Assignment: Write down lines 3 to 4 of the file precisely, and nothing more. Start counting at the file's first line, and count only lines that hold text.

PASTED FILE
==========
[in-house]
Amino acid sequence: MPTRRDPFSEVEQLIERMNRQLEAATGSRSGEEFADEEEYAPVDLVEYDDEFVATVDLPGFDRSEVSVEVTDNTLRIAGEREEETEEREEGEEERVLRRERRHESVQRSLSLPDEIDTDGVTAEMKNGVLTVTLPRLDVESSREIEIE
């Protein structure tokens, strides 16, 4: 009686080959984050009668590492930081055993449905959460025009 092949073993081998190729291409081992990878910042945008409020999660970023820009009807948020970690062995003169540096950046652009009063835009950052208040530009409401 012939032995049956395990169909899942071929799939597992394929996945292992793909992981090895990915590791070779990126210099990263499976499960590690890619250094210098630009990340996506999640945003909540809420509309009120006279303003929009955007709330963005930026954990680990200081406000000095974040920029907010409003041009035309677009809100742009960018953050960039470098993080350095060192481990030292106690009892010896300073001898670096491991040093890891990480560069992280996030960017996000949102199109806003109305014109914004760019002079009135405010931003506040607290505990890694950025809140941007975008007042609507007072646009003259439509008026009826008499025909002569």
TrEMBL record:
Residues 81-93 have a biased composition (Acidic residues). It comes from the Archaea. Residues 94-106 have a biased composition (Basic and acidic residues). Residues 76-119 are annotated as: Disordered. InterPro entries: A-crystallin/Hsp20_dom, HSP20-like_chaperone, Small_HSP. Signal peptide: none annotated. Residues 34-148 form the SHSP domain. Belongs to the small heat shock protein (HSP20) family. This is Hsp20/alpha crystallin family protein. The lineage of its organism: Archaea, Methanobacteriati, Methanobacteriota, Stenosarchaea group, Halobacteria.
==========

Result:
């Protein structure tokens, strides 16, 4: 009686080959984050009668590492930081055993449905959460025009 092949073993081998190729291409081992990878910042945008409020999660970023820009009807948020970690062995003169540096950046652009009063835009950052208040530009409401 012939032995049956395990169909899942071929799939597992394929996945292992793909992981090895990915590791070779990126210099990263499976499960590690890619250094210098630009990340996506999640945003909540809420509309009120006279303003929009955007709330963005930026954990680990200081406000000095974040920029907010409003041009035309677009809100742009960018953050960039470098993080350095060192481990030292106690009892010896300073001898670096491991040093890891990480560069992280996030960017996000949102199109806003109305014109914004760019002079009135405010931003506040607290505990890694950025809140941007975008007042609507007072646009003259439509008026009826008499025909002569």
TrEMBL record: